United States District Court, W.D. Michigan, Northern Division
DAVID K. LAMB, Plaintiff,
SUSAN WILSON, et al., Defendants.
ORDER ADOPTING REPORT AND RECOMMENDATION
J. QUIST UNITED STATES DISTRICT JUDGE.
David K. Lamb, a prisoner incarcerated with the Michigan
Department of Corrections, filed a complaint on October 16,
2014, against Defendants Susan Wilson, Nurse Practitioner
Matthew Shullick, Health Unit Manager Melissa LaPlaunt, and
Corizon Health Care, Inc, alleging that they violated his
Eighth Amendment rights by ignoring his need for medical
care. Plaintiff alleged that he suffered from spinal nerve
damage that had caused him pain for the last seven years.
Plaintiff alleged that Defendants were deliberately
indifferent to his medical needs because he was not seen by a
doctor from the MDOC or a local hospital, and Defendants only
February 2, 2016, Magistrate Judge Timothy P. Greeley issued
a Report and Recommendation (ECF No. 68) recommending that
the Court grant Defendants Wilson, Shullick, and
Corizon's motion for summary judgment and deny
Plaintiff's motion for summary judgment. Magistrate Judge
Greeley recommended that Defendants Wilson and Shullick were
entitled to summary judgment because they used their medical
judgment to provide care to Plaintiff's symptoms, and
Plaintiff's claim amounted to a disagreement over the
adequacy of treatment. On March 7, 2016, the Court entered an
Order overruling Plaintiff's objections and adopting the
February 2, 2016 Report and Recommendation. (ECF No. 70.) As
a result, Defendant LaPlaunt was the only Defendant remaining
in the case.
March 17, 2016, this Court issued an Opinion and Order
denying Defendant LaPlaunt's motion to dismiss. (ECF No.
71.) The Court concluded that Plaintiff's allegations in
his complaint sufficed to state a claim against Defendant
LaPlaunt and that Defendant LaPlaunt's arguments were
more appropriate for a properly-supported motion for summary
judgment under Rule 56. (Id. at PageID.536.)
Subsequently, Defendant LaPlaunt filed a motion for summary
judgment, supported by her affidavit, and Plaintiff filed a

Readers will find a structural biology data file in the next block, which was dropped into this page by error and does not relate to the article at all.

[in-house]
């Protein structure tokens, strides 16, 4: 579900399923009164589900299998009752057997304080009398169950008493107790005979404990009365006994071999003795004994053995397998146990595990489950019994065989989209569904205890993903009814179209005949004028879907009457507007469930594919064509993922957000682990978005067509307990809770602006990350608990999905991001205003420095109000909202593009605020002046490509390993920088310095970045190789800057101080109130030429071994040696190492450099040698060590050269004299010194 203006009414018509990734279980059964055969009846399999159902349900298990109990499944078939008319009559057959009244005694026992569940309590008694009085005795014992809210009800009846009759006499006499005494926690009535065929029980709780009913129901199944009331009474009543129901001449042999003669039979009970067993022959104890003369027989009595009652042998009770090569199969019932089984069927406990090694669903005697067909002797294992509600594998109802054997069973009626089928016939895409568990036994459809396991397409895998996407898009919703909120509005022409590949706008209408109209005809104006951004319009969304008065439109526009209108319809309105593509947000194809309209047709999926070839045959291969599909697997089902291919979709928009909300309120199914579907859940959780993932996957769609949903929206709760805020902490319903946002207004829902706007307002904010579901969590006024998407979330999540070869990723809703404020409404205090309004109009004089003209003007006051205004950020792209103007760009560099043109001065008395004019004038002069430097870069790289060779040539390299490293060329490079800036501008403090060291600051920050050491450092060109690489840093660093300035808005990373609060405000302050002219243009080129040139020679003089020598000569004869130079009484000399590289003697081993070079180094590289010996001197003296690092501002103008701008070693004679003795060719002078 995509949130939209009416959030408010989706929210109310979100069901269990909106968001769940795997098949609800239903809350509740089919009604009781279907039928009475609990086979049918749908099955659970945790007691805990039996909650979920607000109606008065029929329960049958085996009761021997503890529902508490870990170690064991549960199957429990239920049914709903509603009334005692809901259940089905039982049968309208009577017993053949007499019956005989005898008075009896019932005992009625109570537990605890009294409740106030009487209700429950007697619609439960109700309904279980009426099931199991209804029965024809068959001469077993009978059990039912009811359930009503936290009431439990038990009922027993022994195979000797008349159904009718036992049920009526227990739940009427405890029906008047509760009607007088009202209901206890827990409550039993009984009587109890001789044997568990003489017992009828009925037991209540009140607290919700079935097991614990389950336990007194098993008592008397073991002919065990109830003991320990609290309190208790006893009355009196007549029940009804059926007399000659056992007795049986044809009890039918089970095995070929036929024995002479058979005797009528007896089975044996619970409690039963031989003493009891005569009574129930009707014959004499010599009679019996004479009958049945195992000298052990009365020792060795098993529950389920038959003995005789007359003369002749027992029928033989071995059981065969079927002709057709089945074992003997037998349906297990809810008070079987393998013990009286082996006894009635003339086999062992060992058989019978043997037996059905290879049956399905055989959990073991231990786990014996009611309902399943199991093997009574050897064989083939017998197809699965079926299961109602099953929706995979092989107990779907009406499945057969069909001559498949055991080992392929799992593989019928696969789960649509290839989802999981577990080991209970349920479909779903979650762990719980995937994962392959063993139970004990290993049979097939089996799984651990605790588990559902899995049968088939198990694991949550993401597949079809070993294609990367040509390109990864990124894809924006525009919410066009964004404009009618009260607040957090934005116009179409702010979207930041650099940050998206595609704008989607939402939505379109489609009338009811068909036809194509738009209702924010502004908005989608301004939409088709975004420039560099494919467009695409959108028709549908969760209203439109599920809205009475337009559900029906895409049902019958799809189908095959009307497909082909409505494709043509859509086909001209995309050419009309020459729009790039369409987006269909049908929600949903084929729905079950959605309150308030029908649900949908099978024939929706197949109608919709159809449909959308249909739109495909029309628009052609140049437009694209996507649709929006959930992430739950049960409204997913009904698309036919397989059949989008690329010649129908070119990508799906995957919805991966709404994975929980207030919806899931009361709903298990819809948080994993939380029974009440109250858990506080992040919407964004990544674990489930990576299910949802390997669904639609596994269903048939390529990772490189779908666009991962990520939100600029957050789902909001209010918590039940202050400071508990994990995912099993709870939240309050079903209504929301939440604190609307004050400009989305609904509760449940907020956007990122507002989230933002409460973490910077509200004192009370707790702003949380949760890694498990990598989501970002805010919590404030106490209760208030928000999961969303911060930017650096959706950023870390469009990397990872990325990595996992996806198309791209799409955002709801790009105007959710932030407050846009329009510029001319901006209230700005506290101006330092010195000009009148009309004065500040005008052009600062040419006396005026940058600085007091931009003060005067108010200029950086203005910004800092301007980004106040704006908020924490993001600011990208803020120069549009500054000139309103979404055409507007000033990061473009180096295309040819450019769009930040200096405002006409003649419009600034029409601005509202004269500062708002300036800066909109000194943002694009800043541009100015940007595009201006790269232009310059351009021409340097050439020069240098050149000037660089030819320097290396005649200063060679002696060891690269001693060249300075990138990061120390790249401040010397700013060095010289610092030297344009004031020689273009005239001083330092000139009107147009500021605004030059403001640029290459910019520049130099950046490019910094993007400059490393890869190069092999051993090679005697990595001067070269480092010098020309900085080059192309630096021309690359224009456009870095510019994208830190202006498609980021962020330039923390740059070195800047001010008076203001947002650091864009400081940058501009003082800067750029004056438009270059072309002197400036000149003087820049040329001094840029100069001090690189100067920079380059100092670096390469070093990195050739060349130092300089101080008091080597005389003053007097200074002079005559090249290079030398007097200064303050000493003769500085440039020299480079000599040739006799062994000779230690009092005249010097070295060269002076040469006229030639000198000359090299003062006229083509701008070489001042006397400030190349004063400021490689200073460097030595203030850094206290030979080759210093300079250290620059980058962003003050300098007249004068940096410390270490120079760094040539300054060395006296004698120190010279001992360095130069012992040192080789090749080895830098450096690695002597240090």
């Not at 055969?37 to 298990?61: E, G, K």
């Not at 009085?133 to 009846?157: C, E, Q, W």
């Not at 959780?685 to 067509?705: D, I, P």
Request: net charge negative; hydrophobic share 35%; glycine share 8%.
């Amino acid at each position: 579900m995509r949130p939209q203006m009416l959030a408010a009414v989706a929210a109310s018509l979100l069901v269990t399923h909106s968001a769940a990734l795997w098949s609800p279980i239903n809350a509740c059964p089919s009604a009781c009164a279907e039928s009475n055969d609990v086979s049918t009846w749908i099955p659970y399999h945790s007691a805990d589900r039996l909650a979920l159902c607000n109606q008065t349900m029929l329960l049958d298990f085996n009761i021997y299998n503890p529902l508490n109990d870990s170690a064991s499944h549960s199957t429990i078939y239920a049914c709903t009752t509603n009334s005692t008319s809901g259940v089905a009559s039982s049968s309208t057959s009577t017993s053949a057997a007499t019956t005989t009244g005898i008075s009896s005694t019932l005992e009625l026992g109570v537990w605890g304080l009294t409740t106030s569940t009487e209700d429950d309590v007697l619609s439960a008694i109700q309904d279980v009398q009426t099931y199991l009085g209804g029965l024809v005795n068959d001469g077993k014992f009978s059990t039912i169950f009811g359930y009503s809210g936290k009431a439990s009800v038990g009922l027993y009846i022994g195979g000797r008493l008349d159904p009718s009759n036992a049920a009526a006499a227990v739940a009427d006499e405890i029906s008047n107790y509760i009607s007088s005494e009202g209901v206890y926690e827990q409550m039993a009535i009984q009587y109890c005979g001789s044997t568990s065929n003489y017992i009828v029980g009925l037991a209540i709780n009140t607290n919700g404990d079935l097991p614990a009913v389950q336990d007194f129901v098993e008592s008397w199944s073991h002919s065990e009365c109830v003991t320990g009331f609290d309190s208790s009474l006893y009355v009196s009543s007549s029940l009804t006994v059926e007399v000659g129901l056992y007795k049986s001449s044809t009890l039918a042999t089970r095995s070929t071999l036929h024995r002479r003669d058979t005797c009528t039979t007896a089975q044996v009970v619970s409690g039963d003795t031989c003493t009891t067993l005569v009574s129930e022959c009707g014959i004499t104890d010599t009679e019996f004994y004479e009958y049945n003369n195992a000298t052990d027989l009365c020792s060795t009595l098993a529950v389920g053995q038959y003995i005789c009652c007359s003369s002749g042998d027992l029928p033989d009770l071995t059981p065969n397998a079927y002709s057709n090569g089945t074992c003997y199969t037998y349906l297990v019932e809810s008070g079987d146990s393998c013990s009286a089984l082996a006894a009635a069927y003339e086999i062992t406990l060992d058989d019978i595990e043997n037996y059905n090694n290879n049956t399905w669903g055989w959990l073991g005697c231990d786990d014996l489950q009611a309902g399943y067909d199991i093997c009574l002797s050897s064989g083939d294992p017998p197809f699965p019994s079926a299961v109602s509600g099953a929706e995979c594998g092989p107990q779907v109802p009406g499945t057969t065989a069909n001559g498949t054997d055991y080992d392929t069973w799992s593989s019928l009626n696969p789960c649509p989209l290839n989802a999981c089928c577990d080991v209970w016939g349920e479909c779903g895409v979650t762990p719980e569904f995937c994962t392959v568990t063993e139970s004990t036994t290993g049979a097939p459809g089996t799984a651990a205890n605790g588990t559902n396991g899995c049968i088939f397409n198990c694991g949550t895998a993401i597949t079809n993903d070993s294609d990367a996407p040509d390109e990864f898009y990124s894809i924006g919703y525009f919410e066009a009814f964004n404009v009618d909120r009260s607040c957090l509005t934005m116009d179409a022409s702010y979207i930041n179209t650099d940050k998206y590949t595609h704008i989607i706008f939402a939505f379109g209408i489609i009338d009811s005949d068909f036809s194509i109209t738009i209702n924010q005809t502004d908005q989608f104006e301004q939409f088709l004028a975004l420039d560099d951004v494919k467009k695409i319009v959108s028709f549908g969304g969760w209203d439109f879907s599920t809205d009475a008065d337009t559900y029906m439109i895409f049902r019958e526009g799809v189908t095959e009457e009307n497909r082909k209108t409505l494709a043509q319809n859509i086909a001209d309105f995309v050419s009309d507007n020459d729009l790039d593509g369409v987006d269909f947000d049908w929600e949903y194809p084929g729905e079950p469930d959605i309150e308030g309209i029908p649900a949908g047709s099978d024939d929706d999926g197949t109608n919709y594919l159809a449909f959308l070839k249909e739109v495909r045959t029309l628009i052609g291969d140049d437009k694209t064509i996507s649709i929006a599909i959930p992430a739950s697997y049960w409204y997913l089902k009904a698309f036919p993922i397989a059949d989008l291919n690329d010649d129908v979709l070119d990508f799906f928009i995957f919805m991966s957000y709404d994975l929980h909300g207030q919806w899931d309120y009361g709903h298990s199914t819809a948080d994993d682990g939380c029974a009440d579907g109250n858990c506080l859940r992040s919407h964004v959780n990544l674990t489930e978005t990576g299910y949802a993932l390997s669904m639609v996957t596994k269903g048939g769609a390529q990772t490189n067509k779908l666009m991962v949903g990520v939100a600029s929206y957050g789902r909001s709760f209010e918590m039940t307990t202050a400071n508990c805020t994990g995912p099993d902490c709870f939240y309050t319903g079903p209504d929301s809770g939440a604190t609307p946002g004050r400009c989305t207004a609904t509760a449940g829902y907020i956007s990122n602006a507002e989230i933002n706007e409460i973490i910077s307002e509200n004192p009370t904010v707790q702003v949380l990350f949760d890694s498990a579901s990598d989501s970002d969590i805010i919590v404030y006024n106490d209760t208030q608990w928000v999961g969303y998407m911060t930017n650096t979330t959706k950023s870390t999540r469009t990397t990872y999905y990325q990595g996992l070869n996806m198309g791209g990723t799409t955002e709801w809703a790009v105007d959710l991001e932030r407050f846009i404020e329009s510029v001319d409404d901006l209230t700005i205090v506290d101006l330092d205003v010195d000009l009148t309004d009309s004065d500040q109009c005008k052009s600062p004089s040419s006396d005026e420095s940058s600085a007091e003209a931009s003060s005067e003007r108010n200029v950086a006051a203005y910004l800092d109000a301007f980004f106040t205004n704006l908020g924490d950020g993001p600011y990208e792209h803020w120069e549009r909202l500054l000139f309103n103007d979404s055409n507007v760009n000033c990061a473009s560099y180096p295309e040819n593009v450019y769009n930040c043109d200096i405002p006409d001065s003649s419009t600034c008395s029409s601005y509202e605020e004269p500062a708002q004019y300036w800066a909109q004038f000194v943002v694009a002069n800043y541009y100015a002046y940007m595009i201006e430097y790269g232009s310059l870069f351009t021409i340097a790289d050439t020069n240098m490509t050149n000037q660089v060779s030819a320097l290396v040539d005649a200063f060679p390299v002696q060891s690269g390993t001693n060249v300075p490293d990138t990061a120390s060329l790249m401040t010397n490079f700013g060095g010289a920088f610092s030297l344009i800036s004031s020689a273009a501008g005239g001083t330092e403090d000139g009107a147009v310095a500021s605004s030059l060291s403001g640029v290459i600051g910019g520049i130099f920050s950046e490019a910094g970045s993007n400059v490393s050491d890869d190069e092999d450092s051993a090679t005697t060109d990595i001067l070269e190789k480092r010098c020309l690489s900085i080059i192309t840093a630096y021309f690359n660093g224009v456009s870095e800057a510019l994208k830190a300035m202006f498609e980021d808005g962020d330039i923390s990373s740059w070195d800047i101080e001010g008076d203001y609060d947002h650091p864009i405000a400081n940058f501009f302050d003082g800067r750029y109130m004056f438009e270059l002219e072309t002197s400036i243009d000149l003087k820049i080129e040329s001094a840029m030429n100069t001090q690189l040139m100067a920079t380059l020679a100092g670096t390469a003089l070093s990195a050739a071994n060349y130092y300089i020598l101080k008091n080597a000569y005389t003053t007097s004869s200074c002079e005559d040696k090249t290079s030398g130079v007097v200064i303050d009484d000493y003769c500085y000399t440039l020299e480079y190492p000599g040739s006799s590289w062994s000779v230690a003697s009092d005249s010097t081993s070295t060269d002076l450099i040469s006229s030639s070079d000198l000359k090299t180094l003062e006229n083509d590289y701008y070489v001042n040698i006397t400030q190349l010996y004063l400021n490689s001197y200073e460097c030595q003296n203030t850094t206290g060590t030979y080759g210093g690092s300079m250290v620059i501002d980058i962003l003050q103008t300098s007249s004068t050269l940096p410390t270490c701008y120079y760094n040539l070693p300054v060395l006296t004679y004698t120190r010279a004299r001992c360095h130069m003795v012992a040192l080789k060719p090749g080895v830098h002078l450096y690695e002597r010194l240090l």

response, to which LaPlaunt filed a reply.
March 9, 2017, Magistrate Judge Greeley issued a Report and
Recommendation (R & R), in which he recommended that the
Court grant LaPlaunt's motion for summary judgment. The
magistrate judge noted that LaPlaunt had no health care
contact with Plaintiff, and her only involvement with
Plaintiff was responding to a grievance that Plaintiff filed.
(ECF No. 135 at PageID.923.) The magistrate judge noted that,
while Plaintiff argued that LaPlaunt should have gone over
Defendant Wilson's head when Defendant Wilson failed to
provide proper care, LaPlaunt said that she did not need to
go over Wilson's head because LaPlaunt did not deem
Wilson's treatment of Plaintiff substandard.
(Id. at PageID.923, 927.) The magistrate judge
concluded that Plaintiff's claim against Defendant
LaPlaunt fails because the Court already dismissed
Plaintiff's Eighth Amendment claim against Defendant
Wilson, and Plaintiff's claim against LaPlaunt is
premised solely on supervisory liability, which is not a
permissible basis for imposing liability under § 1983.
(Id. at PageID.927.)
has filed an Objection to the R & R. In addition,
Plaintiff has filed a motion for leave to file an amended
complaint or to file a new action.
conducting a de novo review of the R & R,
Plaintiff's Objection, and the pertinent portions of the
record, the Court concludes that the R & R should be
adopted, Defendant LaPlaunt's motion for summary judgment
granted, and Plaintiff's motion for summary judgment